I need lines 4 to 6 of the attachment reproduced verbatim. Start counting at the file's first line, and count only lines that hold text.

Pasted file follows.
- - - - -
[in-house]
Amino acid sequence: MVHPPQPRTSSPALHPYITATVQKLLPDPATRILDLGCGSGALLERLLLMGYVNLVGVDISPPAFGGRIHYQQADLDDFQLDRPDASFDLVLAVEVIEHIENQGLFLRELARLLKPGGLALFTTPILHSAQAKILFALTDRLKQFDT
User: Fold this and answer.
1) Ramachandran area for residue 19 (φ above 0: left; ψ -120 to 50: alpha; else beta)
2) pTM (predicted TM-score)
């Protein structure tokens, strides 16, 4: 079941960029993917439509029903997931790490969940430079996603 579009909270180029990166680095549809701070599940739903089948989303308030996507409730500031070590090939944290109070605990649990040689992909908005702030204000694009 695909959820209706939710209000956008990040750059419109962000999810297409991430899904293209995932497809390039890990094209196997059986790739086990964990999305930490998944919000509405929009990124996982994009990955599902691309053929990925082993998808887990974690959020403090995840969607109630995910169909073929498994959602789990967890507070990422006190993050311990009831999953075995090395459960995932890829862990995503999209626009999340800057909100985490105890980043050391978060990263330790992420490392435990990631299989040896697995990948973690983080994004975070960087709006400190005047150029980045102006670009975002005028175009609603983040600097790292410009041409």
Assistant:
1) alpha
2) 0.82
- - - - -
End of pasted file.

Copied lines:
1) Ramachandran area for residue 19 (φ above 0: left; ψ -120 to 50: alpha; else beta)
2) pTM (predicted TM-score)
């Protein structure tokens, strides 16, 4: 079941960029993917439509029903997931790490969940430079996603 579009909270180029990166680095549809701070599940739903089948989303308030996507409730500031070590090939944290109070605990649990040689992909908005702030204000694009 695909959820209706939710209000956008990040750059419109962000999810297409991430899904293209995932497809390039890990094209196997059986790739086990964990999305930490998944919000509405929009990124996982994009990955599902691309053929990925082993998808887990974690959020403090995840969607109630995910169909073929498994959602789990967890507070990422006190993050311990009831999953075995090395459960995932890829862990995503999209626009999340800057909100985490105890980043050391978060990263330790992420490392435990990631299989040896697995990948973690983080994004975070960087709006400190005047150029980045102006670009975002005028175009609603983040600097790292410009041409």